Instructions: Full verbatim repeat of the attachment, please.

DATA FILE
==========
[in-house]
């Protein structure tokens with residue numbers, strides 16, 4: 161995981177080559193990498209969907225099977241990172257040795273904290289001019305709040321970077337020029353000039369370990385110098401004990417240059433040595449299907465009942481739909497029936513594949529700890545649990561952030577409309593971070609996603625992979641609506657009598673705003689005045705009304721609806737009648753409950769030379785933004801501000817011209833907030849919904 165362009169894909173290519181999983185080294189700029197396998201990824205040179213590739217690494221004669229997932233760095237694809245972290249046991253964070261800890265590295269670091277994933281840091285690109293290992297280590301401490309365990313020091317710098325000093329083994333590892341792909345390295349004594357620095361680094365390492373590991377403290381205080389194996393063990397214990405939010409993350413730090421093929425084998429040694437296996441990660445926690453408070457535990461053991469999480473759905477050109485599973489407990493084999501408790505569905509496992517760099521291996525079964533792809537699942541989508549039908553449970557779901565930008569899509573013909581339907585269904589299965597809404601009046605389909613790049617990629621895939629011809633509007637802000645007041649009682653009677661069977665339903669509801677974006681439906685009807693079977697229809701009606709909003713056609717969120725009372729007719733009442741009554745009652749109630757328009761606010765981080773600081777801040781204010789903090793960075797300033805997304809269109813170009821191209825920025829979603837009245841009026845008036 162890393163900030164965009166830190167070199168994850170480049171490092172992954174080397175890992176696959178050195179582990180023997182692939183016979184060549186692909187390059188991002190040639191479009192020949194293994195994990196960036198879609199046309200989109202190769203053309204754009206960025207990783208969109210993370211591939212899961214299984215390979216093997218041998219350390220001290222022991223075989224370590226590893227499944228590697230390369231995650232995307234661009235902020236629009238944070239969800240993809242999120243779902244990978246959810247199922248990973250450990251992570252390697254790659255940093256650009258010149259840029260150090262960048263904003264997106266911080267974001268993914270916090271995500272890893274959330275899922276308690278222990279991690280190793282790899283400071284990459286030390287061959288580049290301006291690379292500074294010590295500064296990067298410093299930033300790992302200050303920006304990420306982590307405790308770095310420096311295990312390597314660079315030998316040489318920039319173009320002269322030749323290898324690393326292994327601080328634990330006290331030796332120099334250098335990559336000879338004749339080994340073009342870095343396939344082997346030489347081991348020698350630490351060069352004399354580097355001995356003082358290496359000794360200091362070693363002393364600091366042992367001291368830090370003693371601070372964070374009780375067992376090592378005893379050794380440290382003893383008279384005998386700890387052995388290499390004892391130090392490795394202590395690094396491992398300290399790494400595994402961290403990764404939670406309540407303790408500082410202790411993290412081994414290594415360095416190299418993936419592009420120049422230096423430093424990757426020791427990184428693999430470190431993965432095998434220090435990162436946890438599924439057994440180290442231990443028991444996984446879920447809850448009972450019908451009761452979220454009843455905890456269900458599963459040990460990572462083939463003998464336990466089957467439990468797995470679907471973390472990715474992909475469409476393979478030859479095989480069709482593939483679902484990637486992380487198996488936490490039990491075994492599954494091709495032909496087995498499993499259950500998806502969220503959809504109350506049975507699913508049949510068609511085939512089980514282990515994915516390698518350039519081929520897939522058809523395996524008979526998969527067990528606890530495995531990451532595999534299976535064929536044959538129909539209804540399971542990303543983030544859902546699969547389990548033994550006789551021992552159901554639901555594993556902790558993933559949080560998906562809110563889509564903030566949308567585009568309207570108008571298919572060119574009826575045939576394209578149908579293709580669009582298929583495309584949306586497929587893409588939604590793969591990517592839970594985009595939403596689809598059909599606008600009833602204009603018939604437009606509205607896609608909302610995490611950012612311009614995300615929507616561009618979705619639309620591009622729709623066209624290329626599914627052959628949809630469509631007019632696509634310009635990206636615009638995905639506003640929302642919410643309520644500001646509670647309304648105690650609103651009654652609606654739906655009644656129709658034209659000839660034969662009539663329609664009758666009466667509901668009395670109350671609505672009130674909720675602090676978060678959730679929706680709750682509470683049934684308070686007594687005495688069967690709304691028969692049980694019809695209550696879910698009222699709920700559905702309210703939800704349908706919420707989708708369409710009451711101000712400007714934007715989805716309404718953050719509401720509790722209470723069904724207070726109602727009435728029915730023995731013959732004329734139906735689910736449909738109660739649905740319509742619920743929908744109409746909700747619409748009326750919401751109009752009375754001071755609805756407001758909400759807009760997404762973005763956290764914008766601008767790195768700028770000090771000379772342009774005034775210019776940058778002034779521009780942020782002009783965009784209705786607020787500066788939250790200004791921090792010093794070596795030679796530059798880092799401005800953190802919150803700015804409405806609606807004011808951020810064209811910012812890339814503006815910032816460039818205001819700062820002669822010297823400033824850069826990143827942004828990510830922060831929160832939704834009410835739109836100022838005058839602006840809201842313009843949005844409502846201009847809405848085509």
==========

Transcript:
[in-house]
């Protein structure tokens with residue numbers, strides 16, 4: 161995981177080559193990498209969907225099977241990172257040795273904290289001019305709040321970077337020029353000039369370990385110098401004990417240059433040595449299907465009942481739909497029936513594949529700890545649990561952030577409309593971070609996603625992979641609506657009598673705003689005045705009304721609806737009648753409950769030379785933004801501000817011209833907030849919904 165362009169894909173290519181999983185080294189700029197396998201990824205040179213590739217690494221004669229997932233760095237694809245972290249046991253964070261800890265590295269670091277994933281840091285690109293290992297280590301401490309365990313020091317710098325000093329083994333590892341792909345390295349004594357620095361680094365390492373590991377403290381205080389194996393063990397214990405939010409993350413730090421093929425084998429040694437296996441990660445926690453408070457535990461053991469999480473759905477050109485599973489407990493084999501408790505569905509496992517760099521291996525079964533792809537699942541989508549039908553449970557779901565930008569899509573013909581339907585269904589299965597809404601009046605389909613790049617990629621895939629011809633509007637802000645007041649009682653009677661069977665339903669509801677974006681439906685009807693079977697229809701009606709909003713056609717969120725009372729007719733009442741009554745009652749109630757328009761606010765981080773600081777801040781204010789903090793960075797300033805997304809269109813170009821191209825920025829979603837009245841009026845008036 162890393163900030164965009166830190167070199168994850170480049171490092172992954174080397175890992176696959178050195179582990180023997182692939183016979184060549186692909187390059188991002190040639191479009192020949194293994195994990196960036198879609199046309200989109202190769203053309204754009206960025207990783208969109210993370211591939212899961214299984215390979216093997218041998219350390220001290222022991223075989224370590226590893227499944228590697230390369231995650232995307234661009235902020236629009238944070239969800240993809242999120243779902244990978246959810247199922248990973250450990251992570252390697254790659255940093256650009258010149259840029260150090262960048263904003264997106266911080267974001268993914270916090271995500272890893274959330275899922276308690278222990279991690280190793282790899283400071284990459286030390287061959288580049290301006291690379292500074294010590295500064296990067298410093299930033300790992302200050303920006304990420306982590307405790308770095310420096311295990312390597314660079315030998316040489318920039319173009320002269322030749323290898324690393326292994327601080328634990330006290331030796332120099334250098335990559336000879338004749339080994340073009342870095343396939344082997346030489347081991348020698350630490351060069352004399354580097355001995356003082358290496359000794360200091362070693363002393364600091366042992367001291368830090370003693371601070372964070374009780375067992376090592378005893379050794380440290382003893383008279384005998386700890387052995388290499390004892391130090392490795394202590395690094396491992398300290399790494400595994402961290403990764404939670406309540407303790408500082410202790411993290412081994414290594415360095416190299418993936419592009420120049422230096423430093424990757426020791427990184428693999430470190431993965432095998434220090435990162436946890438599924439057994440180290442231990443028991444996984446879920447809850448009972450019908451009761452979220454009843455905890456269900458599963459040990460990572462083939463003998464336990466089957467439990468797995470679907471973390472990715474992909475469409476393979478030859479095989480069709482593939483679902484990637486992380487198996488936490490039990491075994492599954494091709495032909496087995498499993499259950500998806502969220503959809504109350506049975507699913508049949510068609511085939512089980514282990515994915516390698518350039519081929520897939522058809523395996524008979526998969527067990528606890530495995531990451532595999534299976535064929536044959538129909539209804540399971542990303543983030544859902546699969547389990548033994550006789551021992552159901554639901555594993556902790558993933559949080560998906562809110563889509564903030566949308567585009568309207570108008571298919572060119574009826575045939576394209578149908579293709580669009582298929583495309584949306586497929587893409588939604590793969591990517592839970594985009595939403596689809598059909599606008600009833602204009603018939604437009606509205607896609608909302610995490611950012612311009614995300615929507616561009618979705619639309620591009622729709623066209624290329626599914627052959628949809630469509631007019632696509634310009635990206636615009638995905639506003640929302642919410643309520644500001646509670647309304648105690650609103651009654652609606654739906655009644656129709658034209659000839660034969662009539663329609664009758666009466667509901668009395670109350671609505672009130674909720675602090676978060678959730679929706680709750682509470683049934684308070686007594687005495688069967690709304691028969692049980694019809695209550696879910698009222699709920700559905702309210703939800704349908706919420707989708708369409710009451711101000712400007714934007715989805716309404718953050719509401720509790722209470723069904724207070726109602727009435728029915730023995731013959732004329734139906735689910736449909738109660739649905740319509742619920743929908744109409746909700747619409748009326750919401751109009752009375754001071755609805756407001758909400759807009760997404762973005763956290764914008766601008767790195768700028770000090771000379772342009774005034775210019776940058778002034779521009780942020782002009783965009784209705786607020787500066788939250790200004791921090792010093794070596795030679796530059798880092799401005800953190802919150803700015804409405806609606807004011808951020810064209811910012812890339814503006815910032816460039818205001819700062820002669822010297823400033824850069826990143827942004828990510830922060831929160832939704834009410835739109836100022838005058839602006840809201842313009843949005844409502846201009847809405848085509």